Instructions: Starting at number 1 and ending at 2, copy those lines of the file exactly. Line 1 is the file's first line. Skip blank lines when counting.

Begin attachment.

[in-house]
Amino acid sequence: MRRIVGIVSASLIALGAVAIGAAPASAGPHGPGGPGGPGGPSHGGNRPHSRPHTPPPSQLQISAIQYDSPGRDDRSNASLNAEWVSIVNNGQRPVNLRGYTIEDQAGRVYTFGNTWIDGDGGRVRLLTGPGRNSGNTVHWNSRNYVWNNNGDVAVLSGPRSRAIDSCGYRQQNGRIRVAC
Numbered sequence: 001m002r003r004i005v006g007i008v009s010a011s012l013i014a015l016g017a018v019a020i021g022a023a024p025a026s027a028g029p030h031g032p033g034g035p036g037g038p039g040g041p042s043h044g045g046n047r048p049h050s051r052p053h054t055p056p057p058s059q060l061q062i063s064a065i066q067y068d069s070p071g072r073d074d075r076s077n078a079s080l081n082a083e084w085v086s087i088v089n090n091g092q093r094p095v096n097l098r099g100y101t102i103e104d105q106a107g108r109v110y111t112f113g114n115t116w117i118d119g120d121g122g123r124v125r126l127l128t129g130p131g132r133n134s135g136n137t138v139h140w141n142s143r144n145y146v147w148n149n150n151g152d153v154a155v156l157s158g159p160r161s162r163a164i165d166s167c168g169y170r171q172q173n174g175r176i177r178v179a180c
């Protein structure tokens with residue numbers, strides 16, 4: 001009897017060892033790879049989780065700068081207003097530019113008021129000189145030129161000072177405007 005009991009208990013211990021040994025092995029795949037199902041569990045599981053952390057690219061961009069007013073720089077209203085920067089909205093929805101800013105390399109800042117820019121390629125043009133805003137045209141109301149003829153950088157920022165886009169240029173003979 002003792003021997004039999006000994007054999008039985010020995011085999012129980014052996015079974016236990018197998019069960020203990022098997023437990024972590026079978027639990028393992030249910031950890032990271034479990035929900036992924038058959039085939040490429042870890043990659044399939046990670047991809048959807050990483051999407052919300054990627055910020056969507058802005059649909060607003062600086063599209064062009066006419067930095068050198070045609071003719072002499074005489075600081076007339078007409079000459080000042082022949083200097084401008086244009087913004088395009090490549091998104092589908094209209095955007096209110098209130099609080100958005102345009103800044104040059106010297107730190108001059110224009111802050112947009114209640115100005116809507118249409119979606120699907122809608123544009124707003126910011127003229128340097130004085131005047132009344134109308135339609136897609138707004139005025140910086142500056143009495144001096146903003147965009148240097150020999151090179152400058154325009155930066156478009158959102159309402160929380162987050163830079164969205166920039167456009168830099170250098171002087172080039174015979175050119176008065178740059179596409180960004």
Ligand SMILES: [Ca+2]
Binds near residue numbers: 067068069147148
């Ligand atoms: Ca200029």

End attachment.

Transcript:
[in-house]
Amino acid sequence: MRRIVGIVSASLIALGAVAIGAAPASAGPHGPGGPGGPGGPSHGGNRPHSRPHTPPPSQLQISAIQYDSPGRDDRSNASLNAEWVSIVNNGQRPVNLRGYTIEDQAGRVYTFGNTWIDGDGGRVRLLTGPGRNSGNTVHWNSRNYVWNNNGDVAVLSGPRSRAIDSCGYRQQNGRIRVAC